Another major problem with the home medicine cabinet involves the intentional or unintentional poisoning. Typically we think of young children that may accidentally get into the medicine cabinet, but it is also a major problem for adults that may suffer from confusion, dementia, or visual impairment.
Cleaning out the medicine cabinet regularly can help reduce the risk of somebody accidentally taking something they shouldn't - whether a prescription medication, over-the-counter medication, or a dietary supplement.
Always store medications in the original container, or ask a pharmacist to provide you with a properly labeled secondary container if needed. Too many times I have seen people combining multiple medications into the same bottle and this is a recipe for disaster - especially if emergency responders are trying to determine what somebody may or may not have ingested.
A major reason people tend to keep medications past their expiration date is because we understand how expensive they can be. While that may be true, it is not nearly as expensive as the results of taking something you shouldn't and finding yourself in the hospital, or worse.
At least once a year you should take the time to clean out the medicine cabinet discarding all expired products as well as products you know you will not use before they expire. Replace them with new fresh products that have guaranteed purity and potency to improve the health and safety within your household.
Kyle Hilsabeck, PharmD., is the Vice President of Pharmaceutical Affairs at McCord Holdings and licensed by the Iowa Board of Pharmacy. He completed bachelors degrees in biology and biochemistry at Wartburg College before earning his Doctorate of Pharmacy from the University of Iowa College of Pharmacy. Upon graduation, he completed a community pharmacy practice residency through the University of Iowa where he focused primarily on nutritional aspects of care including the use of vitamin, mineral, and herbal supplements. He has taught courses for the University of Iowa College of Pharmacy on vitamins, minerals, herbs, and nutritional supplements and given many presentations on the subject as well. He has a passion for improving patient care specifically with regards to the safety and quality of the nutritional supplements and health information people use.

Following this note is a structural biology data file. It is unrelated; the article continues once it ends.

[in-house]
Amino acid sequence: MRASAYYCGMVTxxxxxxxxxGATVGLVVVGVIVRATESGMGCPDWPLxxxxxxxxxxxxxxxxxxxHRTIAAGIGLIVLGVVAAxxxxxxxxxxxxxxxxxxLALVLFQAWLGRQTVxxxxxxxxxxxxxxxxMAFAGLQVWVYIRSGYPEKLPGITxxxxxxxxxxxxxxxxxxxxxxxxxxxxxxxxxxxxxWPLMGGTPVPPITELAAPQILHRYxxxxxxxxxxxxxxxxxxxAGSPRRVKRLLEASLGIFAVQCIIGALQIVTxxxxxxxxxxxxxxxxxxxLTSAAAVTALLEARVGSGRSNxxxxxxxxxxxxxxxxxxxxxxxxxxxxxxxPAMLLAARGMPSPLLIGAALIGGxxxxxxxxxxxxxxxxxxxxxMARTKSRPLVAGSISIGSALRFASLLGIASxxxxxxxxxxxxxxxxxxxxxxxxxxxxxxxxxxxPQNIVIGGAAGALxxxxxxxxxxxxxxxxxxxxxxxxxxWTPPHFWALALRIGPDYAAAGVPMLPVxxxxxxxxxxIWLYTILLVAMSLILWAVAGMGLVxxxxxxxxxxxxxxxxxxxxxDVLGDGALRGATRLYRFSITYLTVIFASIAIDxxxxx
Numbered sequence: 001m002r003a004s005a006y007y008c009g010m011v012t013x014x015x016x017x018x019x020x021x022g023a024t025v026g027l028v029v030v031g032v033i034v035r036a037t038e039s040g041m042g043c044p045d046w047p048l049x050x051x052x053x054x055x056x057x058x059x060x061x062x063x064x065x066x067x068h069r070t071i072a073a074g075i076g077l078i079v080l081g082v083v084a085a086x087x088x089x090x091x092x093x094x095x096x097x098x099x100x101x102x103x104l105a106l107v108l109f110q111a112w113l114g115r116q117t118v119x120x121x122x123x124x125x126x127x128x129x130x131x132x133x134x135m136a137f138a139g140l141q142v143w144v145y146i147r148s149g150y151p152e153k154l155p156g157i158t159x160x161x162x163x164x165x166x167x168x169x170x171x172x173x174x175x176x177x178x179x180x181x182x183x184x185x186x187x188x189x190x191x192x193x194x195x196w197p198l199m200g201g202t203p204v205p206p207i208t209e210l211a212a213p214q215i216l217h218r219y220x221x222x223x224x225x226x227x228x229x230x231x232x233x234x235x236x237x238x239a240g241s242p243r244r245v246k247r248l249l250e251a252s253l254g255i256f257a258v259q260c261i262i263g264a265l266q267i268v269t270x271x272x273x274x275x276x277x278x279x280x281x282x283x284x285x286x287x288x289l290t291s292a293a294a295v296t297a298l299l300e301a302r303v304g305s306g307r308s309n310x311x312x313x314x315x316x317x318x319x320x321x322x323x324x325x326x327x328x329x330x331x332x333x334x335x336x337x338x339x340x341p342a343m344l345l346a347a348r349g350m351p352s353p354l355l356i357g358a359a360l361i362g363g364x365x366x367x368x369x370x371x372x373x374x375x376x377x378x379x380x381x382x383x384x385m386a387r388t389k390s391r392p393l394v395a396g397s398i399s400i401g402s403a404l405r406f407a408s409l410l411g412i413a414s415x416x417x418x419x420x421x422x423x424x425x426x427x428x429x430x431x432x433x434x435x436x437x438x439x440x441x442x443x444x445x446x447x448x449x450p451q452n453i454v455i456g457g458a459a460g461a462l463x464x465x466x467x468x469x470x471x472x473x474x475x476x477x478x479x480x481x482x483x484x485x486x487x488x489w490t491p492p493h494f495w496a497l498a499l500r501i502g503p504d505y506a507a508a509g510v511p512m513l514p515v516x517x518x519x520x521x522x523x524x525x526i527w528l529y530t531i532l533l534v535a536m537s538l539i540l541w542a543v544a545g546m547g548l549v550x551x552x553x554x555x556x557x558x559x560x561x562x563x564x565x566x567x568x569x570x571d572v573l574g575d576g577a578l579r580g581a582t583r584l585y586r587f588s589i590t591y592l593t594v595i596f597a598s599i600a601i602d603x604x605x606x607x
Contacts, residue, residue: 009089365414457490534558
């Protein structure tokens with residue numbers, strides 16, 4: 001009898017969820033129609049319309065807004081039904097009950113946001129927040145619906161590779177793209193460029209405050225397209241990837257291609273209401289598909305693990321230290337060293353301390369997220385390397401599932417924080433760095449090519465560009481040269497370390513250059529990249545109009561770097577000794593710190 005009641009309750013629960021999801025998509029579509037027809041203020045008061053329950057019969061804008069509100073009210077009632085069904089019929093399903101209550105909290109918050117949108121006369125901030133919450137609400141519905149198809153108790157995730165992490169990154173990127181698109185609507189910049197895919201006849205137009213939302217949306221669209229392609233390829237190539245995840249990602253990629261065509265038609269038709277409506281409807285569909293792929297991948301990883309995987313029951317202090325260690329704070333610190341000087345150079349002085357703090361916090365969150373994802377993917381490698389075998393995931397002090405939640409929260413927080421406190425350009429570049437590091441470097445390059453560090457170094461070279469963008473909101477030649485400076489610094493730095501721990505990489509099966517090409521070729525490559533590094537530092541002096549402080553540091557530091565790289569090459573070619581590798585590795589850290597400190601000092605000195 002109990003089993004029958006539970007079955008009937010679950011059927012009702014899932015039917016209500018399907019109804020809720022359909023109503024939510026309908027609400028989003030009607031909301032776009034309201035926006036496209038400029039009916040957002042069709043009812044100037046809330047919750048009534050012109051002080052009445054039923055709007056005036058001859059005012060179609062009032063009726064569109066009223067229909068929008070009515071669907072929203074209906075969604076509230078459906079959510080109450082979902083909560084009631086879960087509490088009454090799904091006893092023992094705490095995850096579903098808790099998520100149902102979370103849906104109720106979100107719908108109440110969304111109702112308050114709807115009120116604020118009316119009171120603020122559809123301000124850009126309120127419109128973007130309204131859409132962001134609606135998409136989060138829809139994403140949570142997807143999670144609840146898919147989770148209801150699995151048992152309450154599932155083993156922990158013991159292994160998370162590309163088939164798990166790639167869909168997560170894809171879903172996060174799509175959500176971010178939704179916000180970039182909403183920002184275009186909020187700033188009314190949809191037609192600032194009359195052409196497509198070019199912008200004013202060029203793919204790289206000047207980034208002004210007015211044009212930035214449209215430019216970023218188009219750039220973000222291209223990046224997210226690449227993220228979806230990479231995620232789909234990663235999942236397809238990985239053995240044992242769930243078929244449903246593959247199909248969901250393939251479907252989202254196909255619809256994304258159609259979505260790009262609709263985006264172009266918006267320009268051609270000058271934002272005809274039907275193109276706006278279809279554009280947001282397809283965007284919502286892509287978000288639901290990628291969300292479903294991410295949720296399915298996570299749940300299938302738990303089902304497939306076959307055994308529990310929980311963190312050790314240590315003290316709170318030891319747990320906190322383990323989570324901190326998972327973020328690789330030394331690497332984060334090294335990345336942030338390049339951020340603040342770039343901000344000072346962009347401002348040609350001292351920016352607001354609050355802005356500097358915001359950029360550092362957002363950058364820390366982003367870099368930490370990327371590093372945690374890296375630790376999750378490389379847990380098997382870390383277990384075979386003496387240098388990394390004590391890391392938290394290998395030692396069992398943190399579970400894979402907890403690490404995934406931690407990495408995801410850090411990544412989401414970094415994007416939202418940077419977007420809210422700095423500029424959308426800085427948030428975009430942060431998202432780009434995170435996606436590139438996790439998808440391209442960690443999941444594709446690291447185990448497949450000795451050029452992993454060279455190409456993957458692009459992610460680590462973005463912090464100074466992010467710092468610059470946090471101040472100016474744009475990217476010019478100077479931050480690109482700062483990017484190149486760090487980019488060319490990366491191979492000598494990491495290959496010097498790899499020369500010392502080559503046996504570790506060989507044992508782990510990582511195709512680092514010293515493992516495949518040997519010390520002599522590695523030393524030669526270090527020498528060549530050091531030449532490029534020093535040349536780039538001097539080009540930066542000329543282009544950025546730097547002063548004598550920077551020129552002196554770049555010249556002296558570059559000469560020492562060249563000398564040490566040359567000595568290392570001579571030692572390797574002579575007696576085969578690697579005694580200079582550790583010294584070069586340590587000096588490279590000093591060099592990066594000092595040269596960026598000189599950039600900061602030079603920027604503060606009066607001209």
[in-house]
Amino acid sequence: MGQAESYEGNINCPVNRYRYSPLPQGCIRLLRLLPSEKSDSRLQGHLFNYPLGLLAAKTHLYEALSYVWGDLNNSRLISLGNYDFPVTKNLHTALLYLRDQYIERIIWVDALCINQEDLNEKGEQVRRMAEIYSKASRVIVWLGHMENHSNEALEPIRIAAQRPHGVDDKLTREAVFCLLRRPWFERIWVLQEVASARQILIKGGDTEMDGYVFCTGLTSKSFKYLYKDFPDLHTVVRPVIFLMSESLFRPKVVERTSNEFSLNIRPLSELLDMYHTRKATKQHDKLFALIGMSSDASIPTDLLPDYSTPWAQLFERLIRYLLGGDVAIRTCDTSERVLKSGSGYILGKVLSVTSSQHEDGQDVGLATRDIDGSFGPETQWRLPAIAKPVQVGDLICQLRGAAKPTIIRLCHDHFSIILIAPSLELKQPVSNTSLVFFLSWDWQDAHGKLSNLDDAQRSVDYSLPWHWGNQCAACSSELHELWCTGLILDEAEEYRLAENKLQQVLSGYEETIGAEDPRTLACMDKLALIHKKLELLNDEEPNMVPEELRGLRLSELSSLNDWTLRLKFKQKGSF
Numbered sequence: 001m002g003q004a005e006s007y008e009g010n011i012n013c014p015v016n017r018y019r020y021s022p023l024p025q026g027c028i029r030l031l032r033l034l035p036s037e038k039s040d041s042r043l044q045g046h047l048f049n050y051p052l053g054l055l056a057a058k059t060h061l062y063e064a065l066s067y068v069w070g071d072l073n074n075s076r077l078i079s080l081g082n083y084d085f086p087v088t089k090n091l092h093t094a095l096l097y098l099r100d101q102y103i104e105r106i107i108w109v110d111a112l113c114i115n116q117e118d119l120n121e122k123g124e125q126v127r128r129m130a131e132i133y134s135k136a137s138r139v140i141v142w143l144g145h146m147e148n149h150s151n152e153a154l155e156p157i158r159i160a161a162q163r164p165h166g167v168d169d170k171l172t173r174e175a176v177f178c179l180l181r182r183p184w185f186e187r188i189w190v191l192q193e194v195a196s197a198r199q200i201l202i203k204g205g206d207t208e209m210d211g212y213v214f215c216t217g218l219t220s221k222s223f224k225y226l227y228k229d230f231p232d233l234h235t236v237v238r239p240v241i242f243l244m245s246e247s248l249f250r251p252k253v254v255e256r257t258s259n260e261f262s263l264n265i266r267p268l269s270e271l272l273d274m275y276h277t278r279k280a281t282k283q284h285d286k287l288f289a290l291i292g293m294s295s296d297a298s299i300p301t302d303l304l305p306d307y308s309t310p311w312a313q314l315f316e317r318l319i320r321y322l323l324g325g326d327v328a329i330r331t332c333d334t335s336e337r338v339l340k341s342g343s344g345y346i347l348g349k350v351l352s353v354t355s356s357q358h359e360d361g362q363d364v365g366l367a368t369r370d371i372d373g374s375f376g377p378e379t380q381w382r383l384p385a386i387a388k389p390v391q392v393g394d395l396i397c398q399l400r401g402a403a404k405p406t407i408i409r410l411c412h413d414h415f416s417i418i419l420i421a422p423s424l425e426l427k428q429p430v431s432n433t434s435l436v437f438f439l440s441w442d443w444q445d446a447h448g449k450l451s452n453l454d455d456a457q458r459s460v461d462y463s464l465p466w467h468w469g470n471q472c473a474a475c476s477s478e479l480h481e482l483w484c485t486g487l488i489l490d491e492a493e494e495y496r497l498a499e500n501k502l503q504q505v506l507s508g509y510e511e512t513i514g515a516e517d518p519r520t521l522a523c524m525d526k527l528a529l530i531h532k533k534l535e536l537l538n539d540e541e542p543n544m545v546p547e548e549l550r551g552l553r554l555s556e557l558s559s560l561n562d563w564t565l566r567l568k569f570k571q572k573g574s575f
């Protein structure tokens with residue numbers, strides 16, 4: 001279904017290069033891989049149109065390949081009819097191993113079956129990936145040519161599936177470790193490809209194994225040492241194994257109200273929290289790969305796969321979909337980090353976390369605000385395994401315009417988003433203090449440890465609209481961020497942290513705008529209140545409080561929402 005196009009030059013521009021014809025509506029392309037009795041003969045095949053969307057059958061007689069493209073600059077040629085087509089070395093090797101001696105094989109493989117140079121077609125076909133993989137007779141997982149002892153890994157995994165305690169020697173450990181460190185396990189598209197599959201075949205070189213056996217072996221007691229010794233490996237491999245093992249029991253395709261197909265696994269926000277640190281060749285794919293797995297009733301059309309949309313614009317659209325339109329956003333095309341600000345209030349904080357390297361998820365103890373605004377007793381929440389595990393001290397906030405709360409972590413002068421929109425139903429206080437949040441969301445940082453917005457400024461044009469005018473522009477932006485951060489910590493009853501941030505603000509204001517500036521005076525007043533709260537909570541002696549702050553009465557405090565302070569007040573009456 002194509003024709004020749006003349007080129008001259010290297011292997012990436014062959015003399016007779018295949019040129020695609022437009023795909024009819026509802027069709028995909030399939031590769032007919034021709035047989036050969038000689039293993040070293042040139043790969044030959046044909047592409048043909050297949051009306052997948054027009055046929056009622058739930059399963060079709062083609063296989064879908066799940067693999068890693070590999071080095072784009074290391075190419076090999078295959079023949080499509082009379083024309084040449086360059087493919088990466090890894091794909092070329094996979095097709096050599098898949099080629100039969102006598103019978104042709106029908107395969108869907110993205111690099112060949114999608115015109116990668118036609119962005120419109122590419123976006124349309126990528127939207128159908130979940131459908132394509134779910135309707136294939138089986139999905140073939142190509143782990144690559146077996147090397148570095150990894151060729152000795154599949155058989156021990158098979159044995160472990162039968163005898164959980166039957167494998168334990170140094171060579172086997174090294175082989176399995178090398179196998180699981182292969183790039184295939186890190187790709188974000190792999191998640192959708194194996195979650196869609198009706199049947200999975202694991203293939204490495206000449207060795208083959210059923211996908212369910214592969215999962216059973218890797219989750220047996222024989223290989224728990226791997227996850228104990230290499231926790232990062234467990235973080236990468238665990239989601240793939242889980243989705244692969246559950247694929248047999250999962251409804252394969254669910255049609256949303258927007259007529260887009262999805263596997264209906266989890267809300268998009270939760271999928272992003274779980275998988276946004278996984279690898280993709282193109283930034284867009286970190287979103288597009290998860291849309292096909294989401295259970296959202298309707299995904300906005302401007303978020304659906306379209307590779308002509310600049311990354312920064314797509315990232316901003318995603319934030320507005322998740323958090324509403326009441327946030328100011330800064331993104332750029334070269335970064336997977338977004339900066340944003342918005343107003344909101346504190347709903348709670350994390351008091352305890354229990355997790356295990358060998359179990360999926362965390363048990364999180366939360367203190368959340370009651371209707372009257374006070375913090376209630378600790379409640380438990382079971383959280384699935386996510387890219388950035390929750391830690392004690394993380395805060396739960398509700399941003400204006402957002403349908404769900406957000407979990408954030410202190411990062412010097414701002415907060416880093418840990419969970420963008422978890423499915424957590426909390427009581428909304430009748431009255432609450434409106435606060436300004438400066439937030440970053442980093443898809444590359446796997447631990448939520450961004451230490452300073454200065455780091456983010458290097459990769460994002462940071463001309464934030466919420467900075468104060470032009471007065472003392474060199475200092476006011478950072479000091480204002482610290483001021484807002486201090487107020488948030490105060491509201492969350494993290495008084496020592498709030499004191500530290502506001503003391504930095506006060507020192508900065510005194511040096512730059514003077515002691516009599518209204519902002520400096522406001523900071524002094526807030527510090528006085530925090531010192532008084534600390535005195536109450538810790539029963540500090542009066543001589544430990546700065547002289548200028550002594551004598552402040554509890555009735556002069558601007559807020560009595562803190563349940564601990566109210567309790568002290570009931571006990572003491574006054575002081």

Disclaimer: These statements have not been reviewed by the FDA. These products are dietary supplements and are not intended to treat, cure, or prevent any disease. The decision to use these products should be discussed with a trusted healthcare provider. The authors and the publisher of this work have made every effort to use sources believed to be reliable to provide information that is accurate and compatible with the standards generally accepted at the time of publication. The authors and the publisher shall not be liable for any special, consequential, or exemplary damages resulting, in whole or in part, from the readers’ use of, or reliance on, the information contained in this article. The publisher has no responsibility for the persistence or accuracy of URLs for external or third party Internet websites referred to in this publication and does not guarantee that any content on such websites is, or will remain, accurate or appropriate.